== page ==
Most enterprise artificial intelligence projects fail. They suffer from a fundamental flaw that prevents them from achieving their stated business goals. The flaw is so deep and so embedded that it can’t be engineered away or risk managed out. The flaw is not about improper learning data or poor platform selection. It’s not even about project management. This AI flaw is more devastating than those could ever be. Enterprise AI projects fail because they never started with large enough business value to support their cost of implementation.
Artificial intelligence is about making better decisions at scale, which can be implemented through computers and not humans. AI is fundamentally designed to replace one of the most time-consuming processes humans have – decision making. In order to economically justify an AI program, therefore, we must start with an understanding of the business value that results when we make better decisions. Not just any decision, but those that result in measurable actions. Measurable actions that result in better outcomes. It all starts with understanding value-based outcome.
AI business value is not the only consideration we need to make when when justifying a project. We need to also take a look at its cost, the economic impact of the effort we put into realize the capability. If AI to achieve its business end game, we need to ensure that the implementation cost is much less than the business benefits it achieve. This is common sense, but often overlooked. A question we struggle with in this area is, “How much more value does an AI project need to generate over its cost before we justify the start of the project?” I am glad you asked.
Best practices in the industry show that at the start of an AI project the baseline value to cost ratio should be at least 10 to 1. This mean for every 10x of arbitrary business value created, the cost of realizing the program should not exceed 1x. This results in the 10:1 model. This kind of return on value is a model that anybody would agree to. Who wouldn’t line up at a bank teller if they were giving ten dollars out for every one dollar given. But there’s a problem with this rule of thumb.
The problem is that humans overestimate value and underestimate costs all the time. Business benefit of AI projects are often overestimated by as little as 2X. That original 10x in business value only generates 5x in real results. At the same time, these projects woefully underestimate the effort it takes to build them. Instead of that 1x in cost, we see real costs are at least twice that. At the end of an actual project, the business is achieving more of a 5 to 2 return on value (5:2). This is still a great return. Again, who wouldn’t want to get $5 for every $2 given?
But estimating modern AI programs doesn’t stop with the value-based economic model. We also need to economically manage risk across all stages of its implementation. Implementations that run from proof of value (POV), to pilots, and into enterprise deployments. Each of these stages should explicitly generate economic value on the effort it took to build them. Again, there are some new rules of thumb that increase the likelihood of economic success for AI projects.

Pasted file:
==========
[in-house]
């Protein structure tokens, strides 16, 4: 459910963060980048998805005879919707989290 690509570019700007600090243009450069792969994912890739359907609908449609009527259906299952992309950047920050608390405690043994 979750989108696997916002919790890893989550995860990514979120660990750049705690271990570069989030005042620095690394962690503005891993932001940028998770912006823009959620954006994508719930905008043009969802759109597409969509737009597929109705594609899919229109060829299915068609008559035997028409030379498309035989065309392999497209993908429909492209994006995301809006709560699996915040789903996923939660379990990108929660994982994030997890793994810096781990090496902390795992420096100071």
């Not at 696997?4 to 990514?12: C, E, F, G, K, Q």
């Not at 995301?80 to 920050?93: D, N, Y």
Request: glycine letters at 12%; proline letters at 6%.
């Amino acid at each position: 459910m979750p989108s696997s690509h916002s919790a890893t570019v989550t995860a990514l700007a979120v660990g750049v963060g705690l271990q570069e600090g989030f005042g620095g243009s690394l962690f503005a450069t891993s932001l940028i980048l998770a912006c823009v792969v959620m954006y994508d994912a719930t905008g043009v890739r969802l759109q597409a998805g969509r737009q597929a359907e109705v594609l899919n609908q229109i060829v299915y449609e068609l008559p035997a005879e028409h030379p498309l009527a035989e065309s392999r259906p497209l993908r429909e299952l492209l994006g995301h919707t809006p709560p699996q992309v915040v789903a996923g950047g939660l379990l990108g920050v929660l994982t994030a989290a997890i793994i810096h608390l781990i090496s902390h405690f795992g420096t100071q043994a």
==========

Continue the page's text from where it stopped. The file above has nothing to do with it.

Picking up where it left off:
An AI project starts with a proof of value phase. This phase is not a proof of concept (POC) or a proof of technology (POT). POV explicitly demonstrates end-user economic value that can be scaled through pilot and enterprise phases in order to achieve the targeted business results. Our economic value target on the POV phase is just 1% of the cost it takes to build. This gets the “RPM gauge” off the lower peg. It shows the engine is running. It is a minimal demonstration of real business value. So for every 1x of cost to implement a POV project, we are looking to achieve a 0.01x of value in return.
Next is the pilot phase. This stage is all about scaling the AI implementation demonstrated in the POV phase. It’s not about implementing more AI features or functions. It’s about demonstrating that the value from deploying this minimal AI capability across a larger user base (a region, a class of product, etc) can generate more revenue than the cost of doing so. In many cases, a pilot implementation cost around 0.5x to deploy with a targeted 1x of economic return. This provides for a breakeven result under similar assumption from above, should the implementation cost are higher and benefits are lower.
Finally, the enterprise stage is all about the mass rollout of the piloted AI capability across all targeted user groups (all regions, products, etc.). For this phase, the rule of thumb is that for the additional 0.1x in enterprise deployment costs, there should be another 2x in economic value generation. This extreme high return ratio is conditioned on the assumption that there is no additional development costs. This is about deployment for value generation only.
Following this approach of proof of value, pilot, enterprise deployments driven by a value return, we see that we get an overall program return of about 2 to 1(1.9:1). This is a reasonable net return for any global AI program while managing risk using evaluate each stage. The highest economic risk is limited to the POV phase, where only 6% of the project cost is ensured before value is proven.
Artificial intelligence is all about value. The same value generated by their human counter parts. AI project fail because they do not explicitly start out by both defining that economic value and ensuring the value to cost ratio is high enough to achieve a targeted risk weighted returns. In addition, to effectively manage AI development risk, each phase of the project needs to have it own phased value to cost targets. By managing to a value-based model, AI projects will sustain 10:1, 5:2, or at worst 2:1 returns, while exposing only 6% of the project cost before customer value is proven. Who wouldn’t want that.